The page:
An article in the newspaper piqued Palma Aikins interest. A group of women were meeting quarterly in Carol Stream with the goal of helping out area nonprofits. She decided to attend a meeting.
After going to a few meetings of 100+ Women Who Care, Aikins realized getting to Carol Stream wasn’t always possible. Without even knowing what she was really doing, she e-mailed the coordinator.
“As I was writing, I said, ‘I think I will start a chapter in Naperville,’” she said.
She heard back right away from the other coordinator who encouraged her to create a local chapter. In 2009, she started a Naperville chapter of 100+ Women Who Care.
Initially, she contacted everyone she knew and for the first meeting in February 2009, she said 29 women attended. Though the group is not yet at its goal of 100 members, it is making a difference.
The women who join the group commit to donating $100 four times a year. At the meetings, which last about an hour, each woman in attendance is welcome to put the name of a local nonprofit into the hat. Three nonprofit names are chosen, giving the women who support those nonprofits an opportunity to get up and make the case for donating to their chosen organization. After the presentations, the women vote and pick one.
“Sometimes we find these charities, these little gems where the money makes a huge impact,” Aikins said. “That is really a game changer. I like it when we rock their world.”
At the most recent meeting 82 women attended, she said. Once all of the checks are collected $8,200 will be sent to a Wheaton nonprofit Donka Inc., an organization that provides technical tools to those with special needs, helping them communicate and navigate through life, she said.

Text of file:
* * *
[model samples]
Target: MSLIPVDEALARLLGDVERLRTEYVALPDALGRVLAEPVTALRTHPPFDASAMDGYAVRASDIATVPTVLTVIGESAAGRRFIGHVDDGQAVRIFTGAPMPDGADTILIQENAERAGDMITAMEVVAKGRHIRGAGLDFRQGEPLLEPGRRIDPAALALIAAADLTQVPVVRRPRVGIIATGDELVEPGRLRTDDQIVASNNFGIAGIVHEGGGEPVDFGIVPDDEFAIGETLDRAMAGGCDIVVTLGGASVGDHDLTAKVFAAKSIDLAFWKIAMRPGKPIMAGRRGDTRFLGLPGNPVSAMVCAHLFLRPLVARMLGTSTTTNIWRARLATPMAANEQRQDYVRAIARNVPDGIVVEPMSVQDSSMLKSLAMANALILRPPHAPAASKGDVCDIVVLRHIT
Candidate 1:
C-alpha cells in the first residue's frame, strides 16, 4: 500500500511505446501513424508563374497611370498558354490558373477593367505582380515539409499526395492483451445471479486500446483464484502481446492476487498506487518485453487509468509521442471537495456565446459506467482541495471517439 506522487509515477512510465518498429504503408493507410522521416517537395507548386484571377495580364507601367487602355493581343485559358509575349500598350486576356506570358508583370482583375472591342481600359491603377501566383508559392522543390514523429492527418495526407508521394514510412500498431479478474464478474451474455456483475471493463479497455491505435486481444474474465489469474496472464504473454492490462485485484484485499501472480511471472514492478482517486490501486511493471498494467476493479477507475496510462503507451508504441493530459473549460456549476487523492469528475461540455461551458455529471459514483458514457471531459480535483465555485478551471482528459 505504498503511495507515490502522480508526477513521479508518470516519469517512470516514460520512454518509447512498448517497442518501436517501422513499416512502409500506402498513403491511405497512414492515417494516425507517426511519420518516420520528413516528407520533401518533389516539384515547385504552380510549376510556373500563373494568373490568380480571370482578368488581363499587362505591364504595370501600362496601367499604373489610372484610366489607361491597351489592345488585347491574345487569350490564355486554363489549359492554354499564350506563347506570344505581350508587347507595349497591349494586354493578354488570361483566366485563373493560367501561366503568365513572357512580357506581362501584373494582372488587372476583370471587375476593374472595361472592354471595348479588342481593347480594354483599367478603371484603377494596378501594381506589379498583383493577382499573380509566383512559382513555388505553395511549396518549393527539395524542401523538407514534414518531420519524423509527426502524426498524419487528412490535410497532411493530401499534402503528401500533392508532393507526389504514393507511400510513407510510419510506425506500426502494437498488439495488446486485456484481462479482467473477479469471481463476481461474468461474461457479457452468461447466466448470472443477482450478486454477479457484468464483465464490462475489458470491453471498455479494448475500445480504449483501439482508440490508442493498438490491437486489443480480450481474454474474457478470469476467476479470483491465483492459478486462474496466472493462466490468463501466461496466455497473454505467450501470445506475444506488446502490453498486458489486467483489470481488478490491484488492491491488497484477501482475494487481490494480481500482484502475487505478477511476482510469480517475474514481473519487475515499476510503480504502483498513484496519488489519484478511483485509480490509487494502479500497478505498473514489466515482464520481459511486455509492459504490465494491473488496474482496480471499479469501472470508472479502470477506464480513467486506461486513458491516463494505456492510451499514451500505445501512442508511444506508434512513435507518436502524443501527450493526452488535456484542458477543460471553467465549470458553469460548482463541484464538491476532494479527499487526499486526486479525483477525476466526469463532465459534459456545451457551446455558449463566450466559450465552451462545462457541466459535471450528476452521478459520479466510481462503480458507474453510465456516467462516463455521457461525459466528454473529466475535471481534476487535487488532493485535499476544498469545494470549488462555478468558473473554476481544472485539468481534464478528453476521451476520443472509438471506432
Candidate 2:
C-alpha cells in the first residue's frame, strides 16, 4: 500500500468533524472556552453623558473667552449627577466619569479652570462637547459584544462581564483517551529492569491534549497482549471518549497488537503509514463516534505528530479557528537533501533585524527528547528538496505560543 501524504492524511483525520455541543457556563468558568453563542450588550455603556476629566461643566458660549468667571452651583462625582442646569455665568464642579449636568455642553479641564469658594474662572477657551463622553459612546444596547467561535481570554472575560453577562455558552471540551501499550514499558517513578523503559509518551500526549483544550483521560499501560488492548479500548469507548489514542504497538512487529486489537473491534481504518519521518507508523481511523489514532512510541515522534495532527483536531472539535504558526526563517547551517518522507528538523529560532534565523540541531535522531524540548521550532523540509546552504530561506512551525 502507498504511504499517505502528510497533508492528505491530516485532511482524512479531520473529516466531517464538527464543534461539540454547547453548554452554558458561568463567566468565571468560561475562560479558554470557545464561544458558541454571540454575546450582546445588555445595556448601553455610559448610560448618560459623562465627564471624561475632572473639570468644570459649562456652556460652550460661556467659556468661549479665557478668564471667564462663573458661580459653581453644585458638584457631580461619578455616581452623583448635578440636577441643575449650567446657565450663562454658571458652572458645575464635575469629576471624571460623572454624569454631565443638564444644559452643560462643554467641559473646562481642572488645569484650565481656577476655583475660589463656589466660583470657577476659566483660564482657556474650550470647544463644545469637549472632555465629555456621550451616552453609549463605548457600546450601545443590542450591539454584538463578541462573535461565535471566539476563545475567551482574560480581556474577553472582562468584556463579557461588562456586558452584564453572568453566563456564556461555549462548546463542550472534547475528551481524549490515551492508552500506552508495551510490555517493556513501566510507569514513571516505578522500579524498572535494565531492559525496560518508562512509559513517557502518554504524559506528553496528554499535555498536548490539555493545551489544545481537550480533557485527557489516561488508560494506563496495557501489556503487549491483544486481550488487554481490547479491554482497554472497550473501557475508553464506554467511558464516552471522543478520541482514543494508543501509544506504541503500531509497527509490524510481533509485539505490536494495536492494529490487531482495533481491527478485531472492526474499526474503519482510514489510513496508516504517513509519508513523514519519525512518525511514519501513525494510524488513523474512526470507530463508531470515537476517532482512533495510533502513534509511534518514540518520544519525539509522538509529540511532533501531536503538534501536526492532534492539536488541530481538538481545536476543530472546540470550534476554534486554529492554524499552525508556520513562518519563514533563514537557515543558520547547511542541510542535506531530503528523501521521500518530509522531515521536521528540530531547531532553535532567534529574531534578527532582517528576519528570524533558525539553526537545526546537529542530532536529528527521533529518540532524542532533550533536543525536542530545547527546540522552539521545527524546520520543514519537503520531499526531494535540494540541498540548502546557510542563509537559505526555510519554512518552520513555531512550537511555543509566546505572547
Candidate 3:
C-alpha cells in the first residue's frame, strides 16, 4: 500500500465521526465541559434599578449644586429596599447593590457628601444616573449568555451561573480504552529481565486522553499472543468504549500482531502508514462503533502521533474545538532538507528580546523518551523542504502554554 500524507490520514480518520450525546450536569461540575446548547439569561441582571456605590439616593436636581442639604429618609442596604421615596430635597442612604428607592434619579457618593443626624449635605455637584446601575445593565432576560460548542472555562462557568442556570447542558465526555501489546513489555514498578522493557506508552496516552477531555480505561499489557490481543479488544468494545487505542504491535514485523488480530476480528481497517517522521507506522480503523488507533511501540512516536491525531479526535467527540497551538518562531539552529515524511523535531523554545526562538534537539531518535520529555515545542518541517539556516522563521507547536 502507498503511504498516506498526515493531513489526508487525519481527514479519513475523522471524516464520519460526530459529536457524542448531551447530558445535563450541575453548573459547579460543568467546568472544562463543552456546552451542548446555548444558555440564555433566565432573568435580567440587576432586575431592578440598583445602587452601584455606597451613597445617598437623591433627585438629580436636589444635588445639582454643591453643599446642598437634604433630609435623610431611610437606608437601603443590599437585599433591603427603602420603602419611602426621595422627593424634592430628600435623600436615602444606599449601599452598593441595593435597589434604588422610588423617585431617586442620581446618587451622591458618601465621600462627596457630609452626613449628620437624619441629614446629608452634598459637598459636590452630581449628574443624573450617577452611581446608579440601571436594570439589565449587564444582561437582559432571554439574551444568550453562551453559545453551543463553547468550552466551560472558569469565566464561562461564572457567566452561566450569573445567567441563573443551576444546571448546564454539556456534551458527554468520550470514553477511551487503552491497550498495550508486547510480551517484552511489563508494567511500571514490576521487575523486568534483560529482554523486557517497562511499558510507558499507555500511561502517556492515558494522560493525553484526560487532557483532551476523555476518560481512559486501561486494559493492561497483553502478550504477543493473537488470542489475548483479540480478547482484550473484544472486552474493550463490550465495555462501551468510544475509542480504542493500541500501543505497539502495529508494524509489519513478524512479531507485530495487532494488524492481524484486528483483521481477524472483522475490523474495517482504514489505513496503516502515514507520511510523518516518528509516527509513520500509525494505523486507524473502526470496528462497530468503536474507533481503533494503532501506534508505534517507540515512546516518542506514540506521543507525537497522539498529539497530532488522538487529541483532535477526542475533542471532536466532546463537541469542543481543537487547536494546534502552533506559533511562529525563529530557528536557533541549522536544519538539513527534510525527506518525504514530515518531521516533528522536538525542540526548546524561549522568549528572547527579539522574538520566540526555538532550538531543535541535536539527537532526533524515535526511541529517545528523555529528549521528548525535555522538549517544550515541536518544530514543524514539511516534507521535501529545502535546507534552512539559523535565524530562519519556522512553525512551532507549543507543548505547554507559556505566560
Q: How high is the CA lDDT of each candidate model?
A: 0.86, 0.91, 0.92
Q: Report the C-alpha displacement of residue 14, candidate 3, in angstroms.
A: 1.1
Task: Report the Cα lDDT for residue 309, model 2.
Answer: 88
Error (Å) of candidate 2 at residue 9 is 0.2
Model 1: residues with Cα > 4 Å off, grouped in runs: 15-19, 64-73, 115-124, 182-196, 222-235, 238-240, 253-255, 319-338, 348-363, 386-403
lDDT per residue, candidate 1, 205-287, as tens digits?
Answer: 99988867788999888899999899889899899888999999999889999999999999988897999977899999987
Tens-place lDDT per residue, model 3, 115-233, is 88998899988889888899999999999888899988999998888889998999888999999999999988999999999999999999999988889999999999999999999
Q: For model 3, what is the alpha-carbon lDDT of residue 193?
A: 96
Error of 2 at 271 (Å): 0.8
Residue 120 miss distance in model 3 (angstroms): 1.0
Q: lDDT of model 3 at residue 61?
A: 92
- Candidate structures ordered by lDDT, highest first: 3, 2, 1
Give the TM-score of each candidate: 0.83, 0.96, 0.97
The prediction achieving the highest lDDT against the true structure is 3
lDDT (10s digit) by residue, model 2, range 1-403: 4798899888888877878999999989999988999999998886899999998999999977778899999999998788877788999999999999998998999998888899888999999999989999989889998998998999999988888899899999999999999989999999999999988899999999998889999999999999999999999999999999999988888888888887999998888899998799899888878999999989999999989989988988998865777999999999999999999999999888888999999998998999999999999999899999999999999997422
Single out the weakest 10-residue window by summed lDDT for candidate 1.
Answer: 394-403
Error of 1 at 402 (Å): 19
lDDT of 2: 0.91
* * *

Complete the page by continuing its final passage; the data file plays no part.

The local chapter has made donations totaling $72,500 since it started in 2009, Aikins said.
“People don’t think Naperville people need help,” she said. “The economic situation has opened eyes.”
The Naperville chapter of 100+ Women Who Care has lost some members as a result of the challenging economy, but even so, other women have joined and kept the local group growing, Aikins said.
“The amazing thing about Naperville, they are generous to a fault, even though things were scary,” she said. “It didn’t get as bad as I feared, from my perspective.”
Aikins, 56, a wife and mother who has worked as a software consultant for most of her career, said she’s not sure where her desire to give back comes from, adding, “once your eyes are open … I just got sucked in and there is always more to do. It leaves you with some sleepless nights.”
After the donations are made, she said she enjoys seeing where the money is going and learning how the groups benefit from the donations. The key factor is that the women have a greater impact locally when they contribute together rather than independently, she said.
Her participation with 100+ Women Who Care is only one of the ways Aikins helps out in the community. She volunteers at Naperville CARES, where she helps distribute funds for those in need. Aikins started a Saint Vincent DePaul Society chapter at her church, , which has mushroomed into a huge enterprise because of the needs in the community, Aikins said. And, she also volunteers with her dog through .
“I just like to help as much as possible,” Aikins said. “I have had a good life.”